If you are like me, you will probably find your self working on the "master" branch of your project most of the time (when you are the sole contributor on a project of course...). Often I start working on an issue that has been raised by my users confident that I can fix it quickly in one go. But I soon discover that it is far more complicated than initially thought and regret not creating a new "issue branch" to work off (so my master branch is clean and the commits are atomic to features/issues I'm working on)
I often face this workflow problem when I'm working on my open source project React Stepzilla for example.
Here is what I do now when I come across this GIT workflow problem:
- Locally on my computer I've checked out "master" and I'm working on a new github issue with id 27 (for e.g)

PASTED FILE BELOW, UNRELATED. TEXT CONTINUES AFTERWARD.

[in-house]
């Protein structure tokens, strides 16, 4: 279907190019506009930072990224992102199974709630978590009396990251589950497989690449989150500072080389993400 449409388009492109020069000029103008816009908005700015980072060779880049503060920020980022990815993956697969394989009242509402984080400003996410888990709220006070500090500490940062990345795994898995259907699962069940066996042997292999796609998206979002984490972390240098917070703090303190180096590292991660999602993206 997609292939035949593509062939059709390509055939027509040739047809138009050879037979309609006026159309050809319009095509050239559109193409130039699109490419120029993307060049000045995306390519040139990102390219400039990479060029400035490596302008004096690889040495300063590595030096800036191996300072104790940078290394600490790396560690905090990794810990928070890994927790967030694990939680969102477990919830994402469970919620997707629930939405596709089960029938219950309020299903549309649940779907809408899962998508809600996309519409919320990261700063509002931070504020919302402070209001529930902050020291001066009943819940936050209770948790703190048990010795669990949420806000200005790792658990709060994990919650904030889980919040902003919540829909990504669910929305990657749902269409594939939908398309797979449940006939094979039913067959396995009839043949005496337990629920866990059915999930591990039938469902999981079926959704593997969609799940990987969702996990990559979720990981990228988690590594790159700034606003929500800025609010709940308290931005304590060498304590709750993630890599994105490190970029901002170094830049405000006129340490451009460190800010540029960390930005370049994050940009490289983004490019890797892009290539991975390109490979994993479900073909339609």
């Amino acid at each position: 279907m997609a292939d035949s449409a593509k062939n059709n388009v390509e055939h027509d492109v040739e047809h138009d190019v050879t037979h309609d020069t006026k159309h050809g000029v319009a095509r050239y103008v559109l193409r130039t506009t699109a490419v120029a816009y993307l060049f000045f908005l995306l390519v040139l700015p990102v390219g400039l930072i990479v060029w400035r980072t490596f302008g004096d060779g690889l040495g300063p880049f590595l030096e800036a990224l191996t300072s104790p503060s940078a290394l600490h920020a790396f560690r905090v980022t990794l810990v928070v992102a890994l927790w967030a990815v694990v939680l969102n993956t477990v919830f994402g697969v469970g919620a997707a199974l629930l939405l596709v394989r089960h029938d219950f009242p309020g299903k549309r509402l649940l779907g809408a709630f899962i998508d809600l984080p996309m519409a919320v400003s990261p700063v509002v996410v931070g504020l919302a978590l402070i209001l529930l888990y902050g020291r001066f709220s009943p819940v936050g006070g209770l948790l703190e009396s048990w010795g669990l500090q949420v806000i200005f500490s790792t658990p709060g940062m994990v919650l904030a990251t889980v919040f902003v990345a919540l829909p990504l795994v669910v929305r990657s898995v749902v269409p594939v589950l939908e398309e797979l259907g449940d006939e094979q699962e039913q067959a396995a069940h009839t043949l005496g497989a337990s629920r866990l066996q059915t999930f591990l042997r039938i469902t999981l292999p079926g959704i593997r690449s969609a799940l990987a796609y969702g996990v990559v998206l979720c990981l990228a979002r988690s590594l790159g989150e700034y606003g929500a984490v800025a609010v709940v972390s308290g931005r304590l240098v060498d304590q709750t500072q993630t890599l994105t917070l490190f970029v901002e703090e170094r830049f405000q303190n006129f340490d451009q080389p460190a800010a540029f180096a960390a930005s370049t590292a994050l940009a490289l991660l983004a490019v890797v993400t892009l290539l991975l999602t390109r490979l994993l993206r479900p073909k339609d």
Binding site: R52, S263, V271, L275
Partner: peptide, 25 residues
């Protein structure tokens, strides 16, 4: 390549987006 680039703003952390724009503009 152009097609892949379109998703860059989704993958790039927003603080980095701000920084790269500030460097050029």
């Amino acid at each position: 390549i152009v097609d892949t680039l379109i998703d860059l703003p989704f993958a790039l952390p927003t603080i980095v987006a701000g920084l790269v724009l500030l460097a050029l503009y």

- I modify multiple files trying to fix the issue
- I then discover that I'm not going to be able to complete the fix easily and regret not creating a new issue branch "issue-27"
- Running "git status" shows me all my changes so far to the "master" branch
- I then run "git checkout -b issue-27". This will create a new branch called issue-27 with all your local changes.
- I'm now in a new local branch called "issue-27"
- I continue my work and stop for the moment, I then add my code via "git add -A" and commit it using "git commit -m 'Working on #27'" (putting the #27 here makes the code change referenced in the github issue, which is nice...)
- I then push the new branch to origin and track it "git push -u origin issue-27"
- If you checkout master now and run "git status" you will notice that the changes are not longer "pending" here and your master is clean.
- Once you are done with your work on the "issue-27" branch, then your can merge the changes into "master" via a github "pull request" or locally and then delete the "issue-27" branch.
Hope this helps you guys, also here is a good stackoverflow that tell your more.